Another reason I want to put the controller (DCC Controller by the way) on the shroud is because I want to make it plug and play, the relay from the DCC is a direct very short path, and the temp sensor will be right there as well. Pulled off the factory connectors and mounted the controller.





That's pretty much where I am now. I'm running the electrical options through my head and will update back as soon as I make more progress.



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Nice write up. I ran a hayess controller on my tacoma for a while when I first did a dual electric fan swap, and the thing wouldnt seems to work right. I got tired of assuming it was working after a while so I ended up running a relay for each fan in parallel to a single switch on the dash. The dual fan setup I used was off a maxima, ones fan set to high speed and the other medium. I can feel the air from the fans in the cab when there on to give you an idea of the pulling power. I believe my butt dino felt a difference from stock mechanical to electric fans lol

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Thanks. A simple solution for the fan status is to wire a LED or light to the output of the controller. DC Controls sells this too. Basically changes color when different fan speeds are on. I am worried about a motor failure though. I may go back to the yards and pull a spare motor and just keep it with the truck. The beauty of my setup is you can pull it out with four bolts to get to the fan clip to change the motor.



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Yeah, I like this. That's gotta look clean under the hood. I love adding modern tech to old cars. Good idea that you carry an extra fan motor. The belt driven fan is far less likely to fail, on the other hand a cooling fan circuit can easily be diagnosed and repaired on the side of the road if you have some spare parts and wire :D I always carry an extra spool of wire, and strippers and connectors and a meter under the seat of my car. Great write-up friend!

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Thanks dudes! I've been running it daily now for about a month and a half. Absolutely no issues whatsoever. Some more tips / thoughts:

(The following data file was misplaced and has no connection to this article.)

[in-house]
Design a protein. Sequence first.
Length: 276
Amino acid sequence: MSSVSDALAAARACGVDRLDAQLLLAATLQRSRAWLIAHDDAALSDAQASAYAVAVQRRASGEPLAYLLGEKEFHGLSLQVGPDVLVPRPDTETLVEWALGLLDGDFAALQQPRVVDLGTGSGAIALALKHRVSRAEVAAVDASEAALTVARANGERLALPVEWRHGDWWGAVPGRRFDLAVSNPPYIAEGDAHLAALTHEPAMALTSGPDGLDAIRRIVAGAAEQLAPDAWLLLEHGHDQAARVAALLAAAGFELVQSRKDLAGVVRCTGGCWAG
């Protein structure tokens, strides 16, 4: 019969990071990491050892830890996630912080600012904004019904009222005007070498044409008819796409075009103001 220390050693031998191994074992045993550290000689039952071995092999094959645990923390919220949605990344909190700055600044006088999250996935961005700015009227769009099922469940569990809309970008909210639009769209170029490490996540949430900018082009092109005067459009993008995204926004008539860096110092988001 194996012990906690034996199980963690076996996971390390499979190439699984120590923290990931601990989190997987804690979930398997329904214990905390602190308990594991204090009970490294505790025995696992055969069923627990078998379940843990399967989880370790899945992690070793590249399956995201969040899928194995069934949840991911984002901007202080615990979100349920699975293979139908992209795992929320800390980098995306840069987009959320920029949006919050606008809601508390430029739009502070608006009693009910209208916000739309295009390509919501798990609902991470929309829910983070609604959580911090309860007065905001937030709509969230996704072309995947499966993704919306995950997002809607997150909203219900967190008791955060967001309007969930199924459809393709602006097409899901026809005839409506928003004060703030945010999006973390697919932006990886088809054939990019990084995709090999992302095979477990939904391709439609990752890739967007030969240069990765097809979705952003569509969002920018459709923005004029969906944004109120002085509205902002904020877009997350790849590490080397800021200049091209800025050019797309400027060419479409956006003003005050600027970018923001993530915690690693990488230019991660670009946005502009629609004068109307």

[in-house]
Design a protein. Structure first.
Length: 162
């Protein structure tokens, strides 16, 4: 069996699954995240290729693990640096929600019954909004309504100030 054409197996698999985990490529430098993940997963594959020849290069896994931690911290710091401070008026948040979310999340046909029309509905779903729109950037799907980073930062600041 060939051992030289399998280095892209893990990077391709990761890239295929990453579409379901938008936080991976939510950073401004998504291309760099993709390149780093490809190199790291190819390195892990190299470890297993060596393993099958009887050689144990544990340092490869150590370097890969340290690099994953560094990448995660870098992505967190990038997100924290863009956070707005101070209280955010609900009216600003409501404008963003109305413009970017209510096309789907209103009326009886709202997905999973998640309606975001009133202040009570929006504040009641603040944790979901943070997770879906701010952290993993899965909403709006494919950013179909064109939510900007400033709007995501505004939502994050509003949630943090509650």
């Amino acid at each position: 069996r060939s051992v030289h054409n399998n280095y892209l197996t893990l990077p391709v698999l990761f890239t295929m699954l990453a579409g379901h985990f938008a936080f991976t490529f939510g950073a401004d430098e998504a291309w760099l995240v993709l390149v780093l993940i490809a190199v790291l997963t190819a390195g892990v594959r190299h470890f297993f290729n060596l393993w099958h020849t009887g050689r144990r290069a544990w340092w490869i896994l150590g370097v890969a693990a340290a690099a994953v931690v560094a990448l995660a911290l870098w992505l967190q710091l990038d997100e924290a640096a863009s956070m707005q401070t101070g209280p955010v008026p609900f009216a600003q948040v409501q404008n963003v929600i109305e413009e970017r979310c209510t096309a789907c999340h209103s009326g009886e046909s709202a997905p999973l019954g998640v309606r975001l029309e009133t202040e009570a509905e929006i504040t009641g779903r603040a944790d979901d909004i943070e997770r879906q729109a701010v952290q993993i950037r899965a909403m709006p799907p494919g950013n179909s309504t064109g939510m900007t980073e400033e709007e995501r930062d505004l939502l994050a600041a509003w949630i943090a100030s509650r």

- Make sure you use appropriate sized wires. These things draw a few more amps than you might think.


- For my temp sensor, originally I was hell bent on putting in a threaded bung and probe for temp rather than the external "stick it in the fins of the radiator" wire probe provided. In my excited rush to test the entire motor / fan, I installed the provided wire probe unit. I am still using it and I think my mind has been changed. I placed it in the center of the radiator, all the way at the top in between two fins (per the directions / no prying required because its at the top) and then siliconed both ends of just those two fins to encapsulate the probe. It works like a champ. My temperature does not deviate between my set points.


- When it kicks on, it's a freaking hurricane. I can feel it under at the drivers door while out of the truck and that's slow speed. That being said, it does put a load on the motor from the electrical draw. Make provisions for this. I went from a 65A alternator to a 1-wire GM 120A unit at the same time installing the fan. I have no electrical draw issues, BUT the motor still drops idle when the fan kicks in because of the draw down of the alternator.


- Mine is wired to shut off with ignition. You could wire it to stay on like many OEM's do just keep in mind the power draw.


- I've seen A LOT of people cut the plastic shroud and zip tie them to the radiator.  Personally, I like the frame much better. It's tighter, doesn't snap zip ties, doesn't wiggle loose and is solidly mounted like OEM.


I might do the 521 next.

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  • 9 years later...